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there is a shop in L.A. that has nine autos and only two flashes. how does a huge shop like this get by with only two flashes? let's see who can guess. i know phillip knows this one. no hand stan
 

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Hey, again I say the tuf freedom 6/8 with 2 flashers is the way we went... pfpf on 1white;2,3,4print colors ;5 print flash,6 print outline .....6 colors 6 heads...jeffie
 

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Oh yeah, I forgot, you can print and flash with the same head on the freedom or javelin. My bad.
I think that a javelin with a shuttle flash is an OK way to start out. Be aware that when using a shuttle flash, your speed will be significantly slower. Now you also have the opportunity to print flash print your underlay which can have it's own advantages.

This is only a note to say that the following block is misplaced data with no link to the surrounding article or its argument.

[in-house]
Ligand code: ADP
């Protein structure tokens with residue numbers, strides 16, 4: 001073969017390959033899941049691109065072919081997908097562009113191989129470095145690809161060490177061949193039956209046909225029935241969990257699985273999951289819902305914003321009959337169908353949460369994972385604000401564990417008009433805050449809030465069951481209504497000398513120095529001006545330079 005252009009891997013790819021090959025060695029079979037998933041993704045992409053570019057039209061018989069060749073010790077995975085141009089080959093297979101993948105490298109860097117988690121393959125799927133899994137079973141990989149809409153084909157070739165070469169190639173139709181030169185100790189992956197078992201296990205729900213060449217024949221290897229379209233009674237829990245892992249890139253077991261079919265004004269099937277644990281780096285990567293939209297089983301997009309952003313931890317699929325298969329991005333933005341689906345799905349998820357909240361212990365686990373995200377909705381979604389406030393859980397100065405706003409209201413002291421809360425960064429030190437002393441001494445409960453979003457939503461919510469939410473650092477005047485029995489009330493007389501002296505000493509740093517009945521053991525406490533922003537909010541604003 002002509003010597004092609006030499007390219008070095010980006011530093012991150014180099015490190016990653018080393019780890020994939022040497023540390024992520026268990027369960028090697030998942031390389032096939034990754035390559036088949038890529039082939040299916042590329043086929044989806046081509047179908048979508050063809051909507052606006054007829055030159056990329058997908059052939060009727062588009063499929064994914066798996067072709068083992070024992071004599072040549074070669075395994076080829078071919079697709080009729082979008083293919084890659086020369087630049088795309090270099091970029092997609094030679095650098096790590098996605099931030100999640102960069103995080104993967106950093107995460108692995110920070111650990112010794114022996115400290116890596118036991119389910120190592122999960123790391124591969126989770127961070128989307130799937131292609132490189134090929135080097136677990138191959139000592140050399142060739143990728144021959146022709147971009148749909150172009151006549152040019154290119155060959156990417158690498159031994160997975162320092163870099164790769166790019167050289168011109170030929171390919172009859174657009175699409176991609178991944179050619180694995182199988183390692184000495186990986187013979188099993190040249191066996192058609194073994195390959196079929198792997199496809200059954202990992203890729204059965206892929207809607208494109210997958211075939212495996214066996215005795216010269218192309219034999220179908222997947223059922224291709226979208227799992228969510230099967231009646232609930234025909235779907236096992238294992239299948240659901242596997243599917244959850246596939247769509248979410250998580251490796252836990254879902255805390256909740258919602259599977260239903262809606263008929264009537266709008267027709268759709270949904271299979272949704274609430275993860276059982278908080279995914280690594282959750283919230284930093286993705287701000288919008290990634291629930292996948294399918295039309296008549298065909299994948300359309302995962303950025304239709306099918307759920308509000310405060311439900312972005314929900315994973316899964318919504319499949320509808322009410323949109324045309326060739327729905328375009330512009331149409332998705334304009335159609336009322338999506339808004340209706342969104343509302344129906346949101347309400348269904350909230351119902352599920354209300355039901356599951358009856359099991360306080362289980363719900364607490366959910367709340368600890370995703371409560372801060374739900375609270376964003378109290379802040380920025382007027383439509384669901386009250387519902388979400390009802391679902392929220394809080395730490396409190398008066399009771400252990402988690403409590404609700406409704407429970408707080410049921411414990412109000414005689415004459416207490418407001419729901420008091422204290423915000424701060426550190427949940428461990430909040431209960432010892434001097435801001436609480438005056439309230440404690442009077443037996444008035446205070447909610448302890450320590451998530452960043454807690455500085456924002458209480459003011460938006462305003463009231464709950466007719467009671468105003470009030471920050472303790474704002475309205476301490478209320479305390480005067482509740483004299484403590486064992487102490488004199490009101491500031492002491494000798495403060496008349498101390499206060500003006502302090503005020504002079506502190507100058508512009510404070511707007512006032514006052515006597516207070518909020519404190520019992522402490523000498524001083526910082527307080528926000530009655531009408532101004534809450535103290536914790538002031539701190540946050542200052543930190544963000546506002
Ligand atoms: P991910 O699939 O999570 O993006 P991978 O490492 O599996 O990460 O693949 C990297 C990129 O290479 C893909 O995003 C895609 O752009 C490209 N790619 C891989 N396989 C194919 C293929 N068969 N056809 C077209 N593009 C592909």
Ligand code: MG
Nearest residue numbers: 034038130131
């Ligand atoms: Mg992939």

One way that we that we overcame this slowness issue was to jimmy up a manual flash panel in the press when we needed speed. For example, when you are just printing white on black, you can about twice as fast with a hovering flash. You just have to be really careful about burning shirts because it doesn't turn on and off quickly like halogen flashes.
 

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Be aware that you will have a lot more down time with a cheaper press. I know with the Javelin that you will be replacing the squeegee arm hydraulics more often that you would like.
 

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Discussion Starter #19
Thanks so much for everyone who left me their advise...that is a lot to chew on and I appreciate every word of it! You all are great! Thanks! Now lets just hope the lease company gives me the lease! Aloha all!:p
 

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Discussion Starter #20
Screen cleaning ideas

We have been hand cleaning screens after we break down and it gets so messy and time consuming, does anyone have any recommondations for any cleaning machines or easy ways to do it? All my employees hate the job and so do I!